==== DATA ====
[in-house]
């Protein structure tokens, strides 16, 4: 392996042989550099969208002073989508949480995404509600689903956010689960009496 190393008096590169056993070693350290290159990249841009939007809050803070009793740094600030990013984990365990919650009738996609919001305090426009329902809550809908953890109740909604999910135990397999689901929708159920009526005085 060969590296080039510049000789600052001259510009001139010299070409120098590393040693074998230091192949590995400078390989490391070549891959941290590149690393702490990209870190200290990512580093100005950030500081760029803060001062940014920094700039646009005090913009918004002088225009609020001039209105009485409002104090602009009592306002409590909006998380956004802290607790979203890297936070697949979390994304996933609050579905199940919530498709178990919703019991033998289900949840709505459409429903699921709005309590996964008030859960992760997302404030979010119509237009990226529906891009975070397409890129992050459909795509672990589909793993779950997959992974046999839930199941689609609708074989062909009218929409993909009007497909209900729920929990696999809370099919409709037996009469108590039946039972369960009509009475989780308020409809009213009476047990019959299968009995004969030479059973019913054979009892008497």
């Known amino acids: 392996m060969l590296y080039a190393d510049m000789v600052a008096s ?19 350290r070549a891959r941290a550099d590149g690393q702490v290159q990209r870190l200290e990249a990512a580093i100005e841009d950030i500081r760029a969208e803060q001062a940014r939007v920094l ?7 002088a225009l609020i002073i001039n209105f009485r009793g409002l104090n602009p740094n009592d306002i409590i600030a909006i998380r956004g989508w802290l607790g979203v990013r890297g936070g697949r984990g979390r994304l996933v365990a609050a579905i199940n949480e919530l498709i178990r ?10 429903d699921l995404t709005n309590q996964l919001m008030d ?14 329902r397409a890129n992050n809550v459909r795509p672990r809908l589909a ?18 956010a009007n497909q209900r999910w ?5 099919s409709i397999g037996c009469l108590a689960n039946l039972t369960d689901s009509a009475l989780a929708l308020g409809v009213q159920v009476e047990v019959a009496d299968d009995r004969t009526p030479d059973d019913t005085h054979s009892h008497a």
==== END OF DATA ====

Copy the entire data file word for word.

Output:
[in-house]
């Protein structure tokens, strides 16, 4: 392996042989550099969208002073989508949480995404509600689903956010689960009496 190393008096590169056993070693350290290159990249841009939007809050803070009793740094600030990013984990365990919650009738996609919001305090426009329902809550809908953890109740909604999910135990397999689901929708159920009526005085 060969590296080039510049000789600052001259510009001139010299070409120098590393040693074998230091192949590995400078390989490391070549891959941290590149690393702490990209870190200290990512580093100005950030500081760029803060001062940014920094700039646009005090913009918004002088225009609020001039209105009485409002104090602009009592306002409590909006998380956004802290607790979203890297936070697949979390994304996933609050579905199940919530498709178990919703019991033998289900949840709505459409429903699921709005309590996964008030859960992760997302404030979010119509237009990226529906891009975070397409890129992050459909795509672990589909793993779950997959992974046999839930199941689609609708074989062909009218929409993909009007497909209900729920929990696999809370099919409709037996009469108590039946039972369960009509009475989780308020409809009213009476047990019959299968009995004969030479059973019913054979009892008497």
């Known amino acids: 392996m060969l590296y080039a190393d510049m000789v600052a008096s ?19 350290r070549a891959r941290a550099d590149g690393q702490v290159q990209r870190l200290e990249a990512a580093i100005e841009d950030i500081r760029a969208e803060q001062a940014r939007v920094l ?7 002088a225009l609020i002073i001039n209105f009485r009793g409002l104090n602009p740094n009592d306002i409590i600030a909006i998380r956004g989508w802290l607790g979203v990013r890297g936070g697949r984990g979390r994304l996933v365990a609050a579905i199940n949480e919530l498709i178990r ?10 429903d699921l995404t709005n309590q996964l919001m008030d ?14 329902r397409a890129n992050n809550v459909r795509p672990r809908l589909a ?18 956010a009007n497909q209900r999910w ?5 099919s409709i397999g037996c009469l108590a689960n039946l039972t369960d689901s009509a009475l989780a929708l308020g409809v009213q159920v009476e047990v019959a009496d299968d009995r004969t009526p030479d059973d019913t005085h054979s009892h008497a």